as he attempts to crack. They may be taught to do
this or they may be following some type of counter
action that the play contained. Whatever reasons a
defender may have for doing this we will not attempt
to block him until he recovers to pursuit the play.
We consider this a battle that is already won.
Instead of our blocker trying to force the defender
off the path the defender has chosen to turn on his
own. Any type of contact here will be called for an
illegal block every time.
If the offensive player sees only the back of the
defender he is to “sit down” slightly down field and
prepare for the defender to try and make a recovery
to pursuit the ball. The blocker must keep enough
separation to keep the defender from spinning down
field and to keep from getting the penalty.
If the defender is running away the offensive player
may look to block any other defender that shows
play recognition in the area. This rarely happens
because most defenders are taught better and are
too well disciplined to let this happen.
In figure 6 the defender has decided to
take an angle down field. This does not
happen too often. Anytime this happens
the defender is, most likely, already in
trouble and is attempting damage
management. Here our offensive player
will attempt to get his head in front of
the defender’s momentum.
Here more basic blocking rules apply.
The blocker will get his head in a down
field position. He needs to keep his head
up and his body low. Attacking the down
field armpit with the facemask will force
the defender up field or to try and defeat
the blocker. Either outcome is good for
the play because of time limitations.
In general your blockers will be smaller
than the defenders they are required to
block. That is perfectly fine as long as
they realize that you are not asking them
to defeat the defender merely force him
to take valuable time by changing his
trajectory up field or defeating the block.
If a defender spends too much time
defeating blocks the offensive player is
victorious despite the outcome.
In figure 8 the defender is trying to
read the play. This is one case where
we let our offensive players go for
the kill shot. We expect the defender
to turn slightly just before the hit as
he reads the ball flowing to the
outside. However, we still teach the
head to the front to prevent injury
and the penalty as tempting as that
open flank may be. This may lead to
a “spin out” by the defender but if
he is trying to read he is basically
“dead in the water” and has very
little chance of accelerating to speed
in time get to our ball carrier.
Figure 9 is the finish to attacking a
reading defender. A game rarely goes
by that we do not get some type of
tremendous hit (which we call a
Molash) on a crack back block. These
huge blocks get the sidelines and the
rest of the offense excited and can be
good momentum builders. However,
we continually stress that the block
itself is more important than the big
hit. We reward good blocking with or
without the big hit because rewarding
only the big hit blocks will often create
an environment where players are
hunting the big hit and not focusing on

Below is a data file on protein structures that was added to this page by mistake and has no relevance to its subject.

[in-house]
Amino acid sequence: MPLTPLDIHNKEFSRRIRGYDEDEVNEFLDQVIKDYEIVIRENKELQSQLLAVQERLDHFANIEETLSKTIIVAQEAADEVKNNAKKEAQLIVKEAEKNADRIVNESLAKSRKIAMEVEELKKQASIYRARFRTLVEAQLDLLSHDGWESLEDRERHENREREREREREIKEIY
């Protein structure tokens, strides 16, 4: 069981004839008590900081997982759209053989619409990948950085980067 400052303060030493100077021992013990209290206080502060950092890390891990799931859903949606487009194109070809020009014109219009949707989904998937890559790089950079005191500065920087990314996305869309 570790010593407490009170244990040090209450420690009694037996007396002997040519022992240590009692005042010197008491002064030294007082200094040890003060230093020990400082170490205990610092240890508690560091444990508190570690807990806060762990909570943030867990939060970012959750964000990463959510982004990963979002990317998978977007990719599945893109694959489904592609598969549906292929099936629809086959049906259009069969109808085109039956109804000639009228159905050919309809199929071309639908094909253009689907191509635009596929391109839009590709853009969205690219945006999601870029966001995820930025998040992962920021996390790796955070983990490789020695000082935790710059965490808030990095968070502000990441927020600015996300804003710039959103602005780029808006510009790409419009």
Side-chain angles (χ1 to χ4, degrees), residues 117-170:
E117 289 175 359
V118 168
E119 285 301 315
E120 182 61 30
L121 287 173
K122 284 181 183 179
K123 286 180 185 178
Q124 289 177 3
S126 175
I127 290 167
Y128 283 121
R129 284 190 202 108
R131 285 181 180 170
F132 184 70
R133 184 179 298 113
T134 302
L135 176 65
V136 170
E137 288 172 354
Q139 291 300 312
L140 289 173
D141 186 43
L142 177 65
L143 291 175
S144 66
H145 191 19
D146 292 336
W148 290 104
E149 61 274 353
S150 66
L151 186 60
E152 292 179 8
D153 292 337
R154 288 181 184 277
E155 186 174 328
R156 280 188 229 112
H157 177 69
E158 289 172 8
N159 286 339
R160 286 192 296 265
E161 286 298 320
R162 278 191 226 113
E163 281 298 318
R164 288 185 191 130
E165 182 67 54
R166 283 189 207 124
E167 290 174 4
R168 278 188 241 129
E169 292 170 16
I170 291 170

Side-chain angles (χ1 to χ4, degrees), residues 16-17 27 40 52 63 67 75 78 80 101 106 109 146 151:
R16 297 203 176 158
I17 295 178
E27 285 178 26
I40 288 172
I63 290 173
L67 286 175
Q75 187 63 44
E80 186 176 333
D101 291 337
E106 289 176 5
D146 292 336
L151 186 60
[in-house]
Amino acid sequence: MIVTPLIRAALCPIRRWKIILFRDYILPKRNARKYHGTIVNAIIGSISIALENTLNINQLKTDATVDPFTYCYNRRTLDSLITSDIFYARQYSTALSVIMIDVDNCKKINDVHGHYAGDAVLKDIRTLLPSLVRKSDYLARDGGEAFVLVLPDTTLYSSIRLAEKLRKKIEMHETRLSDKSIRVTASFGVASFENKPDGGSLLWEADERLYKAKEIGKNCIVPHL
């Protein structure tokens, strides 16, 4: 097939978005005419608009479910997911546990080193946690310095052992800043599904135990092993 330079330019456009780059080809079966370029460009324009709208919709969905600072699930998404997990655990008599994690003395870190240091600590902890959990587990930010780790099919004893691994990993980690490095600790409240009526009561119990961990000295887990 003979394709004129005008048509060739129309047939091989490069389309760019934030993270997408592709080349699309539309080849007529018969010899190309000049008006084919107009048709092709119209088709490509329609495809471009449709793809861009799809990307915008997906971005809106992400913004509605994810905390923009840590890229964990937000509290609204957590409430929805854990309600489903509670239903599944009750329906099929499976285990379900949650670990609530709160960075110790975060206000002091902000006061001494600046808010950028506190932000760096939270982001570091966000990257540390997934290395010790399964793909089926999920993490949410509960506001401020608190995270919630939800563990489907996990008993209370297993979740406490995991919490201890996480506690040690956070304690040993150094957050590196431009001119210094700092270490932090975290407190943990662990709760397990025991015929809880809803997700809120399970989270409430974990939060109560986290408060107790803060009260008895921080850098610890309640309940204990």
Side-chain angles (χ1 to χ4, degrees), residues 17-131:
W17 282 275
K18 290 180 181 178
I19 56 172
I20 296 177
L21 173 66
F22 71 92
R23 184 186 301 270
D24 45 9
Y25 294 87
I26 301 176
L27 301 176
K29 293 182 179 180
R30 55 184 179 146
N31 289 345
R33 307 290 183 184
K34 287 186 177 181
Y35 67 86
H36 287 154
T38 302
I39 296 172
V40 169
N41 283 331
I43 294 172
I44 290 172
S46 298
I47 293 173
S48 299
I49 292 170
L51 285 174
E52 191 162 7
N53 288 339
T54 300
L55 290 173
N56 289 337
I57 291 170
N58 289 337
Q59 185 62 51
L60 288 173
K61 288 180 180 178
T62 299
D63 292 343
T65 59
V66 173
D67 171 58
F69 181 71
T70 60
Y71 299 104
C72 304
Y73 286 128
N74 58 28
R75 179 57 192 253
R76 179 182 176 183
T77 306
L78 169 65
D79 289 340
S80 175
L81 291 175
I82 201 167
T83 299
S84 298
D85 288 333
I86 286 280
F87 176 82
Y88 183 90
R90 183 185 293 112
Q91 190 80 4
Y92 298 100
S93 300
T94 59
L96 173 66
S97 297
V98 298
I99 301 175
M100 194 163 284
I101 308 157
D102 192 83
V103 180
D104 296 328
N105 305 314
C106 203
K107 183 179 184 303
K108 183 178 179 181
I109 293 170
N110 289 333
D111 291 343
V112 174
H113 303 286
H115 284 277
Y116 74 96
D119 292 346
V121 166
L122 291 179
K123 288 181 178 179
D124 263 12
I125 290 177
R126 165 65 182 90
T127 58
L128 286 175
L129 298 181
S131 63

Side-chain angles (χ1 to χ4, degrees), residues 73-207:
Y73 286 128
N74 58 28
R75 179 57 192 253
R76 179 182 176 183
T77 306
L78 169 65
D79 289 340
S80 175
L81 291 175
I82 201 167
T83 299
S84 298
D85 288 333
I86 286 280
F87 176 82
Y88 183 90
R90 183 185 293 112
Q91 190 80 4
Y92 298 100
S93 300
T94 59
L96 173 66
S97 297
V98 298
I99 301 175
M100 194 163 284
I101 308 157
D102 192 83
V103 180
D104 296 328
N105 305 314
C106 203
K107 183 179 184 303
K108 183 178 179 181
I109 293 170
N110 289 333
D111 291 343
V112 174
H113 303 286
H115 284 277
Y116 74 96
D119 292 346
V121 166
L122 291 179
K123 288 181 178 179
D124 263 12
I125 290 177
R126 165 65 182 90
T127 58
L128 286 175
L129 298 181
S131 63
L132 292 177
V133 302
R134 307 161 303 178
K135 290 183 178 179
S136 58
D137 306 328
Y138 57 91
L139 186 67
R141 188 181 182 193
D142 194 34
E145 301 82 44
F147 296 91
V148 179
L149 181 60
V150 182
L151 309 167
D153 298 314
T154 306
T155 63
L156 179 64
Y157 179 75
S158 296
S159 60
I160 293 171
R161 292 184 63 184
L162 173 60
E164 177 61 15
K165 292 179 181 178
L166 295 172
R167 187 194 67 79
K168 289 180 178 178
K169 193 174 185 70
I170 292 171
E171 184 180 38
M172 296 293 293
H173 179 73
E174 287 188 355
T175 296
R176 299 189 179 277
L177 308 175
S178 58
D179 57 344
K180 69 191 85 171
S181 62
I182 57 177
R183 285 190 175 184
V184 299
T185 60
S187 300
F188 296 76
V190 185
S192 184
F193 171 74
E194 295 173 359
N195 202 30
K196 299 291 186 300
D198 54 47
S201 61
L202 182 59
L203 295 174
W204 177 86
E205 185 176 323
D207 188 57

making sure that the job gets
Hints that may help your crack back blocking game:
1. Make sure your players understand that it is important for them to force the
defender up the field or to defeat them.
2. Make sure your players understand that even though they may have been defeated
during the play that they actually won because they detained the defender long
enough for the play to work.
3. Explain to your players why you teach the crack back block the way you do and
what is and is not illegal.
4. Make sure that your players do not attack the defenders too low or too high.
5. Incorporate some play-action where the offensive players appear to be cracking
before running their routes.
6. Talk the referees prior to the game. Inform them that your offense relies on good
legal crack back blocks. You may even explain how you teach it. The more informed
they are the less likely they are to call a legal block illegal.
7. When an offensive player is split further away from the main body of the offense he
may need to accelerate a couple of steps down field prior to taking the proper angle to
crack. This, at times, will loosen the defense.
8. Work a short drill where your players practice setting up a crack blocking wall
especially in a double crack back situation.
9. On certain plays split your end out only about six yards. This will let him get in on
some of the excitement.
Crack Recap (coaching points)
Teach proper alignment and range.
Forward accelerating defender
? Take the proper angle of attack
? Lead the defender
? Attack the defender’s arm (w/inside arm)
? Attack the defender’s armpit (w/outside arm)
? Keep the head in front of the defender (w/o major contact)
? Shove the defender
? Prepare for his recovery
Back Turned (facing away)
? Sit down slightly down field
? Get low, bend knees, and get the hands up
? When the defender recovers force him up field or make him defeat you
Accelerating down field
? Take the proper angle of attack with you head pointed down field
? Attack the player with the head positioned high and the body low
? Force the defender to waste time defeating the block
Reading (sitting still & unaware)
? Take proper angle of attack
? Lower your body
? Get the head in front
? Do not “over shoot”
Figure 10 is an example of a play
that contains a double crack. The
DE and S are in red to show you
where the double crack are taking
place on this one back option play.
I hope that you were able to get some good ideas. If you are interested in offenses that use
the crack back blocking scheme you should check out X-Treme Schemes Vol. 1 and Vol. 2.
X-Treme Schemes Vol. 1 explains a spread offense based on motion, crack back blocks, and
the trapping game. It is available free on this site. X-Treme Schemes Vol. 2 explains the
passing and play-action passing game from the same types of formations. Both are
available at www.BigN2Football.com as well as a large amount of free information on
fundamentals and techniques of coaching and playing football.
I would love to hear your comments and maybe even include them on later editions of this
paper. Email your comments to firstname.lastname@example.org
God Bless You,
Robert B. Babcock
© Copyright 2003 Robert B. Babcock All rights reserved
We have used these crackback blocking techniques with the Renegade Offense for
years. They are extremely useful when running from spread formations. You can
download The Renegade Offense in the BigN2Football Store. Just click here.